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Sunday, August 14, 2022

UCT vice-chancellor: An incomplete degree should not end dreams of a career


A 2019 study revealed that 78% of university students could not complete their three-year degrees in the allotted time. In fact, over half had not completed their degrees even after six years.

Across South Africa, many university students are dropping out of their study programmes – and not necessarily for academic reasons.

A large number of capable students simply cannot afford to continue paying the high costs of tuition, books and fees. While they have the academic ability to complete a degree and enter the job market, they are unable to do so. As a result, university drop-out rates are 47%.

Among graduates who do complete a higher education programme, 85% are employed.

This is a clear indication of the value of tertiary education in South Africa – although some successful university graduates are battling to find an entry-level job that will help them climb up a career ladder. General unemployment statistics sit at 34%, while the percentage of youth who are not employed or participating in a programme of education or training is around 60%.

Meanwhile, corporate South Africa has vacancies in digital-based careers but not enough eligible people to apply for these positions.

The country is also at risk of its talented young people emigrating to other countries to seek employment.

There is an urgent need to fill the skills gap if the country is going to keep up with the fourth industrial revolution.

The University of Cape Town (UCT) has a relatively low drop-out rate compared to other South African institutions, at about 10%. But we are not happy with this statistic.

It means that every year, roughly 2 000 students experience the heartbreaking disruption in their education, largely due to circumstances outside of their control.

UCT, in partnership with digital education company Umuzi, is offering a way for these students to develop their skills, knowledge and networks to increase their likelihood of finding work or developing entrepreneur opportunities.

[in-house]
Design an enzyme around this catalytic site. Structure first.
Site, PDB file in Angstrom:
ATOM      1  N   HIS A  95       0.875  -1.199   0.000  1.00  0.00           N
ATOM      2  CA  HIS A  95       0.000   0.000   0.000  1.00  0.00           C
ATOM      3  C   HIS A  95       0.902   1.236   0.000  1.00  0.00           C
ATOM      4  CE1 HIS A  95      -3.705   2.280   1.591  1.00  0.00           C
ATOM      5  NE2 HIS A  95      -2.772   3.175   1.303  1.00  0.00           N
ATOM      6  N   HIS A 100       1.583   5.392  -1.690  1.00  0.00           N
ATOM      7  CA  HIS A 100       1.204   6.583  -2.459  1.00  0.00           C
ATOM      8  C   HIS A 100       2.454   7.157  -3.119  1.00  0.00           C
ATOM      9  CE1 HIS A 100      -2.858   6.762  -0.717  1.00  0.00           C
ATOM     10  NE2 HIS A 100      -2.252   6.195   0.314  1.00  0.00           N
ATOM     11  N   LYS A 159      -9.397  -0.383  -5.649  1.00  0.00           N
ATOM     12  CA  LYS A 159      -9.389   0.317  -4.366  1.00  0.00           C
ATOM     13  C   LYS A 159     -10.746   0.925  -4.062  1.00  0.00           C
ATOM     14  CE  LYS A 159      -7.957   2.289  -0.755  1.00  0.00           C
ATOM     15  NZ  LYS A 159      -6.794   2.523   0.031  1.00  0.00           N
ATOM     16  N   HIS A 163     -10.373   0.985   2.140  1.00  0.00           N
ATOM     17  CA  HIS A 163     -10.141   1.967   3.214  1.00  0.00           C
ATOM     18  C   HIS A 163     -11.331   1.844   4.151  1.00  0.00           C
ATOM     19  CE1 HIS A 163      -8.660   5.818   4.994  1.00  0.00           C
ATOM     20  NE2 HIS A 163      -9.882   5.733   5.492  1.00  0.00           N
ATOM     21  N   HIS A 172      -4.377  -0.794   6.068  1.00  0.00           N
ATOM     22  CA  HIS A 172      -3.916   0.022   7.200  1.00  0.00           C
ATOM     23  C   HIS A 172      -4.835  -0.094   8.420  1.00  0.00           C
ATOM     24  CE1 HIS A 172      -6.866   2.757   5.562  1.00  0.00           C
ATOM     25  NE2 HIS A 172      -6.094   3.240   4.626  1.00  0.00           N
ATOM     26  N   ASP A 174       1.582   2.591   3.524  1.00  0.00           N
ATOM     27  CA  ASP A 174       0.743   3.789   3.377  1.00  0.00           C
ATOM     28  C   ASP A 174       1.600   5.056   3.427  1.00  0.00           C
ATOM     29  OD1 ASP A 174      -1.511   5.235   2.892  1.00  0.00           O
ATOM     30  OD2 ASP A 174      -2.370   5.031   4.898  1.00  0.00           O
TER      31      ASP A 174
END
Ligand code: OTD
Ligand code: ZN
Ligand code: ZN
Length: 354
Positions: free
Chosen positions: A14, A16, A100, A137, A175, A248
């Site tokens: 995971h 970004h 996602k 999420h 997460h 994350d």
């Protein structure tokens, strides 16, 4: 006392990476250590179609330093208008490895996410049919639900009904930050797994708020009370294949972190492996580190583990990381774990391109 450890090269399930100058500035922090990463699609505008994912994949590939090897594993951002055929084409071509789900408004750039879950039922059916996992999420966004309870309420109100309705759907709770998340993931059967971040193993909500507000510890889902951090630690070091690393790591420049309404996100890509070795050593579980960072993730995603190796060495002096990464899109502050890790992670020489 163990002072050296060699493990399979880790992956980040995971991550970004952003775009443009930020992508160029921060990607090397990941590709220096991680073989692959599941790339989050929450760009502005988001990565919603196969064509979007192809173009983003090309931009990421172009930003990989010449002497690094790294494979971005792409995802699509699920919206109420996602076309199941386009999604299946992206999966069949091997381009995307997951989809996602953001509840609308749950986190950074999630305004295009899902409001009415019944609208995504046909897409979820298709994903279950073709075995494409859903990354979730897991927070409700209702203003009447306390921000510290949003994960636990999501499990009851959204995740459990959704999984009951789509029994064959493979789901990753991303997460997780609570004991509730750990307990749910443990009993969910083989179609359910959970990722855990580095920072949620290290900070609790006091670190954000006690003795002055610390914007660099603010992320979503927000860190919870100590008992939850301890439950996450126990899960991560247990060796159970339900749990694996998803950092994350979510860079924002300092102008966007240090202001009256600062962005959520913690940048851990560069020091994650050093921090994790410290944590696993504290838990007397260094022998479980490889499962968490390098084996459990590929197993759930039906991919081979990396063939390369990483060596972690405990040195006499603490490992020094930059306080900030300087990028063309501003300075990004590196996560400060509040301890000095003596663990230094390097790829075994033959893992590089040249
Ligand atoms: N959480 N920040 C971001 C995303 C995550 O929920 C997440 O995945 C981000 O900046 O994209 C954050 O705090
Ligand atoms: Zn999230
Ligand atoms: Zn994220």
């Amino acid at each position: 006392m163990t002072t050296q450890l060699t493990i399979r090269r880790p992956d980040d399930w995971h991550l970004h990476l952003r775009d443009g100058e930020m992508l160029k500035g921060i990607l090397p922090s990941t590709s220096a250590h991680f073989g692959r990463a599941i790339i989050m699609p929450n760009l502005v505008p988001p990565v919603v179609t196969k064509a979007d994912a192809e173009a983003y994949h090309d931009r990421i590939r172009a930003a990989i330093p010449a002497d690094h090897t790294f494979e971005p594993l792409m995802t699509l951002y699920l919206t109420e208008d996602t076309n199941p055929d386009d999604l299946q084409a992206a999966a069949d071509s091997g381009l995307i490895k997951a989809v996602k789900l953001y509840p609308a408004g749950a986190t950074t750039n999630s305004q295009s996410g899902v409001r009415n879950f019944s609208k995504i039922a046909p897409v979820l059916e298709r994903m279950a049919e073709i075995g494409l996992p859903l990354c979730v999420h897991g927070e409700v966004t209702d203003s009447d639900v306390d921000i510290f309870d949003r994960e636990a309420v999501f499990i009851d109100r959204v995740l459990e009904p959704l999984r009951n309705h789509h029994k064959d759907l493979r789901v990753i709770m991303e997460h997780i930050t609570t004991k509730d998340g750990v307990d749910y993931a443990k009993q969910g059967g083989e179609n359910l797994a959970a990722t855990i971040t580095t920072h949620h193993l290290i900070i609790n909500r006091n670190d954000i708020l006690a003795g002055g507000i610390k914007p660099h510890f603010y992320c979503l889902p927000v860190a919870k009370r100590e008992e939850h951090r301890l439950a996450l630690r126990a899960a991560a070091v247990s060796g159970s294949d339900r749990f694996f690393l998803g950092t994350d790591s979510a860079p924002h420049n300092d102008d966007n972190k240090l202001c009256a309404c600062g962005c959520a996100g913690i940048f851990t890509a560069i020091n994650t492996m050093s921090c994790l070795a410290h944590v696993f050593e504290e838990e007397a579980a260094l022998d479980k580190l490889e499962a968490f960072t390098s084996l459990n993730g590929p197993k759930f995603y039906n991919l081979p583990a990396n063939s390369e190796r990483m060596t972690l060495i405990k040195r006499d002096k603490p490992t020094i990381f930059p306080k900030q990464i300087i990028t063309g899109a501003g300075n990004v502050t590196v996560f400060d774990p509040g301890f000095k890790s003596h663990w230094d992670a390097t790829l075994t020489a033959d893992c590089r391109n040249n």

After the pilot programme, we intend to expand the digital bootcamp to accommodate as many UCT students as possible who experienced interrupted studies, and we hope to replicate this model in other universities across South Africa and the continent. Expanding this opportunity depends on the availability of sponsorship.

We are motivated by our awareness of the massive, untapped talent available in South Africa’s young people. If a simple lack of training is all that stands between these talented future leaders and a job, then we need to create a way to address that.

The pilot UCT Digital Bootcamp, which began on June 22, will offer sponsored training to eligible students whose studies were interrupted or our graduates who have been unable to find a job since graduating three or more years ago. No previous experience or skills are required to apply for this pilot programme.

An important part of UCT’s Vision 2030 is to help South Africans take their rightful place in the global digital economy, not just by filling digital jobs but also by bringing an African perspective to help steer the growth of the digital economy across our continent.